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New/Featured for 2019

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Full Sun

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Partial Shade

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Drought Tolerant
Drought Tolerant

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Picture Available

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Drawing Available

(PPAF) = Propagation of this plant prohibited without a license.

Hardiness Zone Map


Veronicastrum

Culver's Root

These elegant perennials impart a lofty vertical element to the late summer garden. Adorned with distinctive narrow spires of densely arranged tiny flowers, Veronicastrum are native to meadows and woodlands, and are simple to grow in adequately moist soil.

Studded with lavender blue blooms, the lengthy flower spikes make an elegant presentation. Arranged in groups, they stand proudly on upright, sturdy stems, which sport spaced whorls of neat, broadly lanceolate leaves. This noble Asian native offers an admirable contrast to mounding forms, such as Amsonia hubrichtii.

Blooms July–September.

Size: 5' 0" high x 18" wide.

Hardy to zone 4.

<i>Veronicastrum sibiricum</i> ‘Red Arrows’

True to its name, this distinctive undemanding Coen Jansen introduction asserts deep rosy red buds squeezed onto a central spike, surrounded by slightly smaller side stalks all opening at the same time and presenting a unique arrow shape. Cherished by bees and butterflies, the striking spires unfurl a score of tiny violet flowers, while whorled lanceolate leaves attire tall steadfast stems. A glamorous upright mainstay for any planting, "Red Arrows" soars amongst Trifolium rubens, Phlox "Nicky" and Sedum "Matrona" in a prairie-style landscape or a more formal setting.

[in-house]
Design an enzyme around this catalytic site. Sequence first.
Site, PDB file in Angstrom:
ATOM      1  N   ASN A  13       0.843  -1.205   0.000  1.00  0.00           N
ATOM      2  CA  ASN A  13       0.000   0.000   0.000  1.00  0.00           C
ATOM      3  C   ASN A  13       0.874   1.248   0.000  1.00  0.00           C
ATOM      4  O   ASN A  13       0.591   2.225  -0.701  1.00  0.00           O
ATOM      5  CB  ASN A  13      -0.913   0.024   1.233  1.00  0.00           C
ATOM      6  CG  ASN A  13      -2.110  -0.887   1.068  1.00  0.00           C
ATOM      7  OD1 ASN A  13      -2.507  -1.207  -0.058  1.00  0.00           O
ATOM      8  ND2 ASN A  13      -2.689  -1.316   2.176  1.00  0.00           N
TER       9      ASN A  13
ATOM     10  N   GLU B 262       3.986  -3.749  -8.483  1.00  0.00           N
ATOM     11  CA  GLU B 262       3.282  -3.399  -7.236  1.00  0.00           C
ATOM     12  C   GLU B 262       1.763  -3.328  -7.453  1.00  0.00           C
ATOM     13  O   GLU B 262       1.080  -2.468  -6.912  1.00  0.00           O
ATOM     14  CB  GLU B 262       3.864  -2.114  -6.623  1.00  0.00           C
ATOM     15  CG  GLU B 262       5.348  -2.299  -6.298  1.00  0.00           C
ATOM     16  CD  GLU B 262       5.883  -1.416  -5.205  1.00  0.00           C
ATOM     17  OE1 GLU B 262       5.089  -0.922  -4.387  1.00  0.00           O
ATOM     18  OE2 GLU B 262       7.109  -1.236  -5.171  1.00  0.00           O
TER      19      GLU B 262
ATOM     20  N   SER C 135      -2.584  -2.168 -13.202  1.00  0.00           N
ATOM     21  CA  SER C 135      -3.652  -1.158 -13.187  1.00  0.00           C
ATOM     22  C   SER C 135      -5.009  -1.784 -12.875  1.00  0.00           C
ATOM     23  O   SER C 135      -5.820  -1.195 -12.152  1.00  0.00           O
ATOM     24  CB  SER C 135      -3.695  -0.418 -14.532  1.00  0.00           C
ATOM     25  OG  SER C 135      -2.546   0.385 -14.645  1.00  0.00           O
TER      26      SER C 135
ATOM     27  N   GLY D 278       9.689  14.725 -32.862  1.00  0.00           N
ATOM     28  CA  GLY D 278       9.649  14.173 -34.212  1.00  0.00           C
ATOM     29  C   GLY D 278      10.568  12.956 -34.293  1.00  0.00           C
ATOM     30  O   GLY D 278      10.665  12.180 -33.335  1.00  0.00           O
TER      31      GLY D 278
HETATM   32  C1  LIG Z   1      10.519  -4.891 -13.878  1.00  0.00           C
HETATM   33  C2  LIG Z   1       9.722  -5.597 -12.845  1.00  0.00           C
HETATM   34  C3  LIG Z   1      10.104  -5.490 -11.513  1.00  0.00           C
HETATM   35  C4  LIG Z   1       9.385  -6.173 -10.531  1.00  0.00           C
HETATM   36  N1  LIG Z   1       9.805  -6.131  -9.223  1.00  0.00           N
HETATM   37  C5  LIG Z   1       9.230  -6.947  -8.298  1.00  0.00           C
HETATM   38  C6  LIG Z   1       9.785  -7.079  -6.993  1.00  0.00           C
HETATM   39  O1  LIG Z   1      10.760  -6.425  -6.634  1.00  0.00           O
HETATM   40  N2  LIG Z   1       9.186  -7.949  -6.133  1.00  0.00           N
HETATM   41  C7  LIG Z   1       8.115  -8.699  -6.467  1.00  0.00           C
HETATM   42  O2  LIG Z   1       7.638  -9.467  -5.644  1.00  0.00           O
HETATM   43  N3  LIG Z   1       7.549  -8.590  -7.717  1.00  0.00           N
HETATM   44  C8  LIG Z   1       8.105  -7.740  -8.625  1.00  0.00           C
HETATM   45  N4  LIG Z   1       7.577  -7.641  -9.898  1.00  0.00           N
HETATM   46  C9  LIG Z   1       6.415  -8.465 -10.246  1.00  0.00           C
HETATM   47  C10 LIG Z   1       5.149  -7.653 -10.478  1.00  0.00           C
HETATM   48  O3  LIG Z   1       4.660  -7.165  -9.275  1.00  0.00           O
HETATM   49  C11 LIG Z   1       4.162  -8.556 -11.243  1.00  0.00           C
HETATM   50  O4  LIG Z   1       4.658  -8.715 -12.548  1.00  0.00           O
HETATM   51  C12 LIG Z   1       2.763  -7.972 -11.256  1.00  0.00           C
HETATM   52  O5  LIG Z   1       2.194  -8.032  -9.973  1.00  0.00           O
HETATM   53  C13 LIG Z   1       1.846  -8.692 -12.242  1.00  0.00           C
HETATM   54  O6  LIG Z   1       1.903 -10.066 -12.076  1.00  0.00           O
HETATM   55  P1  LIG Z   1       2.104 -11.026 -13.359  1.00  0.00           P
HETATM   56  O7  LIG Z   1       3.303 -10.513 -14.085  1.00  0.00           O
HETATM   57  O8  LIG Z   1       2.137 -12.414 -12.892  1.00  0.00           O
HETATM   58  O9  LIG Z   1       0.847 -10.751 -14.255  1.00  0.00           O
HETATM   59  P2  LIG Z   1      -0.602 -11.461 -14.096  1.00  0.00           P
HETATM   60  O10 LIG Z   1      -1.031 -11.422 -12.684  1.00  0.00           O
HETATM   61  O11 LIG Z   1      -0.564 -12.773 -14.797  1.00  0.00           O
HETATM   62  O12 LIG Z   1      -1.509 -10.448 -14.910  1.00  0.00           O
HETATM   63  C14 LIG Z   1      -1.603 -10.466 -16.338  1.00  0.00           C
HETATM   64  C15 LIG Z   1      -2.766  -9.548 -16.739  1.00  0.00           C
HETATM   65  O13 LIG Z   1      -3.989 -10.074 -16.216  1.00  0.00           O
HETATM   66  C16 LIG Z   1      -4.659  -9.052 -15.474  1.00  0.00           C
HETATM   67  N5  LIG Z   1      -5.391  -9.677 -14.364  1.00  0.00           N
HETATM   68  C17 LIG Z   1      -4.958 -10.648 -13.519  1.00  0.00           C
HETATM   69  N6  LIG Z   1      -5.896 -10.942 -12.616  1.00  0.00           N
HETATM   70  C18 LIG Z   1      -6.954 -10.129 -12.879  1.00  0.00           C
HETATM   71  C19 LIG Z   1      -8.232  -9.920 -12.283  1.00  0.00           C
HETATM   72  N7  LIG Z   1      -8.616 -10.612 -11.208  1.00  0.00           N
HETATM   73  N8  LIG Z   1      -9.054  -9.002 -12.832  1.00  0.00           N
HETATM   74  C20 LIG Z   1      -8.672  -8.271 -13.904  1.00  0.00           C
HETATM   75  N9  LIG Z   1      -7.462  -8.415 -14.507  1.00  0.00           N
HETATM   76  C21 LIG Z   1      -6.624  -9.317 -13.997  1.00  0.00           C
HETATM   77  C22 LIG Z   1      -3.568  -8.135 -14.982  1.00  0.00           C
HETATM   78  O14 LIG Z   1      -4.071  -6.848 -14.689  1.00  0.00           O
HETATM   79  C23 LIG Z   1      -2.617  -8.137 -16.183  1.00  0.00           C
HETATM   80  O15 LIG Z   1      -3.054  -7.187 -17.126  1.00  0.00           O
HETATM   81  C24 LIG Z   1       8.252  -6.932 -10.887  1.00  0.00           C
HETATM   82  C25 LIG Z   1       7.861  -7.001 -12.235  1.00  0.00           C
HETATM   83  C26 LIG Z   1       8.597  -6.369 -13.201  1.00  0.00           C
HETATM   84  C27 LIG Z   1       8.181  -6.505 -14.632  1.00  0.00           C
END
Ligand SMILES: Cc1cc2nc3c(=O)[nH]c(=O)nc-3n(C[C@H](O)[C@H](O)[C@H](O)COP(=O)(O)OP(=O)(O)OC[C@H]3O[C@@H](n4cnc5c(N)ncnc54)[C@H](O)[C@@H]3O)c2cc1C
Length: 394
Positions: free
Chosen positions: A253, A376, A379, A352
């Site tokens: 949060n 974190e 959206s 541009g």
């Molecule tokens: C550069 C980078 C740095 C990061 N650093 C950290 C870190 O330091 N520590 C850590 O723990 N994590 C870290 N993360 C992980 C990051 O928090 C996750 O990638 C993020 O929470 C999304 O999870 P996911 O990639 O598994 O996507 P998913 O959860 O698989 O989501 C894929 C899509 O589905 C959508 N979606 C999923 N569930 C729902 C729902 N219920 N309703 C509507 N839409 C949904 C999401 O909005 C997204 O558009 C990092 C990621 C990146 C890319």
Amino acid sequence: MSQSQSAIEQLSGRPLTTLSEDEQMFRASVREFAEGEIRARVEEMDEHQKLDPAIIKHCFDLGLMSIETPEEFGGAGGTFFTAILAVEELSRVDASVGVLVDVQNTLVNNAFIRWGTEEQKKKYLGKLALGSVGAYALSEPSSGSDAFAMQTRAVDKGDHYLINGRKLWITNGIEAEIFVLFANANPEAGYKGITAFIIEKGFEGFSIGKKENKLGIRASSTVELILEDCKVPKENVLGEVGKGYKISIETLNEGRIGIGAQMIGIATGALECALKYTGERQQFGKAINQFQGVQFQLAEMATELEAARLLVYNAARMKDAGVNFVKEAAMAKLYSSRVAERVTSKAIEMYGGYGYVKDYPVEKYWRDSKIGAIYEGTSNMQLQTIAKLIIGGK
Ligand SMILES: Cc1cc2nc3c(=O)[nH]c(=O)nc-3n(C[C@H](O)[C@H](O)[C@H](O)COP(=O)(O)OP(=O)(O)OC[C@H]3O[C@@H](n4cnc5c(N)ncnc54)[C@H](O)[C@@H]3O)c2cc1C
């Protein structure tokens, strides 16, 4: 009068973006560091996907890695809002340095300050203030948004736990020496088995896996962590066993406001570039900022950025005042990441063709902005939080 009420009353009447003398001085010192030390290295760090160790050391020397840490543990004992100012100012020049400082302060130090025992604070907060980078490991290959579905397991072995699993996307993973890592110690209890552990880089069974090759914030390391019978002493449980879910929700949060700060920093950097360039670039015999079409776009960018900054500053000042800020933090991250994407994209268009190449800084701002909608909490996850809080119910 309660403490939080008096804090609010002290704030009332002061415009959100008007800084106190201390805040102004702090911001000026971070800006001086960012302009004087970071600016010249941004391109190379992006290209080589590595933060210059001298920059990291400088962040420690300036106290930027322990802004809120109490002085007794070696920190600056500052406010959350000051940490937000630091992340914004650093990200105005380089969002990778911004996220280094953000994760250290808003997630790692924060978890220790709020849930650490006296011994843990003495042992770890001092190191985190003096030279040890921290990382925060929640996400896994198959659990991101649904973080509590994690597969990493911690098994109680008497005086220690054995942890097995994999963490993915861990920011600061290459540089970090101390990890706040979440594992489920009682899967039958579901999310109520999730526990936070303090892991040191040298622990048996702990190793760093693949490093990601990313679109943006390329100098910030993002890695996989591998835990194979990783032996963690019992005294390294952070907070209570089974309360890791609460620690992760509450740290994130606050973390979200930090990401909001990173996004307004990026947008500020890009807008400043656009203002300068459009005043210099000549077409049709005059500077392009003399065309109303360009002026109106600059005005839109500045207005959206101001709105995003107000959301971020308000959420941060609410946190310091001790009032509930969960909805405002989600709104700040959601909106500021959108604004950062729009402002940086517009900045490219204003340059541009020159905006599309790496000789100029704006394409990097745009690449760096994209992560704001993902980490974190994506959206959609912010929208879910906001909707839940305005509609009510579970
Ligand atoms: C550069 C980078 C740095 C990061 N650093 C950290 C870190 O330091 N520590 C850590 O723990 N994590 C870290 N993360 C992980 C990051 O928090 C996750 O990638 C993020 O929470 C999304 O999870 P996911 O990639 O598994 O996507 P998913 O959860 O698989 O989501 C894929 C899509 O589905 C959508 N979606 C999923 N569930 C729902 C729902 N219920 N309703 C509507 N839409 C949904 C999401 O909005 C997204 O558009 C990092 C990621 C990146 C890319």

Blooms July–September

Size: 4' 0" high x 18" wide.

Hardy to zone 4.

In addition to the stylish blooms, this sought-after Veronicastrum gives you good reason to adore it. When tall valiant stems stretch skyward, they strut prismatic purple shades that are easily spotted from a distance, promising to turn more than a few heads. Dense, round pink buds set the stage for ethereal-looking lilac flowers on candelabra-like spires, further enhancing the dashing whorls of pointed deep green leaves.

Blooms August–September

Size: 4' 0" – 5' 0" high x 2' 0" wide.

Hardy to zone 4.

<i>Veronicastrum virginicum</i> ‘Album’

Resembling glowing tapers, erect snowy white racemes tipped with green buds make a crisp classic statement. The luminous blooms hold court above whorls of horizontally set deep green leaves that grow at intervals along sturdy upstanding stems. Veronicastrum "Album" commands our attention, while it sheds light on cohorts such as Persicaria "Blackfield" or Helenium "Rotgold".

Blooms August–September

Size: 4' 0" high x 15" wide.

Hardy to zone 4.

‘Apollo’s leafy stems taper delicately into foot-long lilac racemes tipped with vivid green buds, which bend and curve, adding a playful air to its imposing carriage. Display graceful ‘Apollo’ with Angelica archangelica’s rounded umbels, and the rosy plumes of Miscanthus ‘Nippon’.

Blooms August – September.

Size: 5' 0" – 5-1/2' high x 2' 0" wide.

Hardy to zone 4.

<i>Veronicastrum virginicum</i> ‘Erica’